Enterprising refugees start businesses that create wealth, employ locals, boost growth, and stimulate trade and investment. Like migration itself, starting a business is a risky venture that takes hard work to make it pay off. For those who arrive in America without contacts or a conventional career, it is a natural way to get ahead. A study by the Kauffman Foundation found that in 2012, immigrants to the United States were almost twice as likely to start businesses as people born in America.
Last but not least, newcomers and their children can help spark new ideas and technologies that make all Americans better off. People uprooted from one culture and exposed to another tend to be more creative. Moreover, groups with diverse perspectives and experiences — such as refugees and people born in the United States sparking off each other — tend to outperform like-minded experts at problem solving, which is what most work these days consists of.
Overall, refugees have a higher employment rate than people born in America. While Iraqis and Somalis have lower employment rates, they are mostly recent arrivals, and employment rates tend to rise sharply over time. Refugees who have been in the United States for 20 or more years also have higher median household incomes than people born in America.
A study by Kalena Cortes of Texas A&M University found that among immigrants who arrived in the United States between 1975 and 1980, refugees integrated faster than “economic migrants.” Whereas refugees earned 6 percent less and worked 14 percent fewer hours than economic migrants in 1980, by 1990 they were earning 20 percent more and working 4 percent more hours, notably because in general they improved their English, skills, and education faster over that period.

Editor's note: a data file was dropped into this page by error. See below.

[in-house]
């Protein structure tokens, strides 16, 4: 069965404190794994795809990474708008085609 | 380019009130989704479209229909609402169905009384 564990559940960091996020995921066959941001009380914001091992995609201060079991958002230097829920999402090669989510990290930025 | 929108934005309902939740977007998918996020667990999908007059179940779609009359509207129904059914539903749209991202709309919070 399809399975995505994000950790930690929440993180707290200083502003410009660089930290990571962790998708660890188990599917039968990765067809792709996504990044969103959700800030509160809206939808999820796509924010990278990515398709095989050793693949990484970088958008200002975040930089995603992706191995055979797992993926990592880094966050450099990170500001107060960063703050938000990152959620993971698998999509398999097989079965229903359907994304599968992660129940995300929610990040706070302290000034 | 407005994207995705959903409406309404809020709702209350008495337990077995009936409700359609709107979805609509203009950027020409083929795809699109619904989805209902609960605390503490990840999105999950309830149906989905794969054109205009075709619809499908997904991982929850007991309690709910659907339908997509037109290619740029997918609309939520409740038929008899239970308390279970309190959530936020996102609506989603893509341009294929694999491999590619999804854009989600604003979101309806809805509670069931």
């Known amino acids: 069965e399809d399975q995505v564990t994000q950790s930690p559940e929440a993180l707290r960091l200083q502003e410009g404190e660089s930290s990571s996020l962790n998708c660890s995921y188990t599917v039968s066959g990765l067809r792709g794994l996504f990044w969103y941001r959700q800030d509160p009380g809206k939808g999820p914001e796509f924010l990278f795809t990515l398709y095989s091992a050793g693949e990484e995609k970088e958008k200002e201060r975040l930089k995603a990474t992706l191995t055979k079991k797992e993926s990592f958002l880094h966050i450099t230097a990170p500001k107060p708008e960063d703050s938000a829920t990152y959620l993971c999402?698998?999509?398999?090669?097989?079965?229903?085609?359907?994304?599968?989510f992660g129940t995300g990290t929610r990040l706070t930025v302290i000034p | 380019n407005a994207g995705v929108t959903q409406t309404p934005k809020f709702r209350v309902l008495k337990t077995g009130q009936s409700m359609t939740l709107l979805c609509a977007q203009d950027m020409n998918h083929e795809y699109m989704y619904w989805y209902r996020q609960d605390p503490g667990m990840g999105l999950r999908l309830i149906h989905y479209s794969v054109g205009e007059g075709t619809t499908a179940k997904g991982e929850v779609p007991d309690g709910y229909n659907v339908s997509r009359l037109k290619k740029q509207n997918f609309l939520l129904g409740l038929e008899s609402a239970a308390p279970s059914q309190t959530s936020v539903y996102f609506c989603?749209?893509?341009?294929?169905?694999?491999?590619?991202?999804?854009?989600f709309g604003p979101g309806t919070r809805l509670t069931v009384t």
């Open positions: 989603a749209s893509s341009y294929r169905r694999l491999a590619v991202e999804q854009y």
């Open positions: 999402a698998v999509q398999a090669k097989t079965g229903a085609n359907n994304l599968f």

Of course, welcoming refugees costs money upfront. But it’s a drop in the ocean: Out of the $3.3 trillion federal budget in fiscal year 2015, the budget for the refugee resettlement program was $609 million. That money tends to be spent on local goods and services, benefiting businesses and creating jobs. And like providing public education to American teenagers, it’s an investment that yields further dividends once refugees start working.
In fact, investing one dollar in helping refugees get started can yield nearly two dollars in economic benefits within five years. That’s the key finding of my recent study for OPEN, an international think tank focused on refugee and other openness issues that I founded, and the Tent Foundation, whose mission is to help forcibly displaced people.
A study of greater Cleveland found that while $4.8 million was spent on refugee services in 2012, spending by refugees, refugee-owned businesses, and refugee service organizations boosted the local economy by $48 million, creating 650 jobs and providing $2.7 million in tax revenues to local and state governments.
Refugees’ reliance on public assistance declines sharply over time, although it tends to remain higher than the general population. Even so, refugees tend to be net contributors to public finances over their lifetimes: Two-thirds of new arrivals are of working age (and thus schooled abroad), on average they are in their mid-20s (and thus have a full working life ahead of them), and their taxes help service the huge public debt incurred by the existing U.S. population.
The United States was founded by refugees: The Pilgrims who came over on the Mayflower in 1620 were fleeing persecution in England. Continuing to welcome refugees and immigrants of all faiths — and none — is not just morally right and in keeping with America’s long humanitarian tradition. It is vital for the future economic success of all Americans.
This article was published on Foreign Policy's website on February 3rd 2017.
Another victory for the American Civil Liberties Union (ACLU).
The ACLU brought a claim on behalf of detained asylum-seeking mothers and children in order to challenge a Government's policy of detaining asylum-seekers "as a way to deter others from coming to the United States". This policy was described as an "aggressive deterrence strategy".
The claim was filed in U.S. District Court in Washington, D.C., which ordered a preliminary injunction that puts an immediate halt to the government's policy.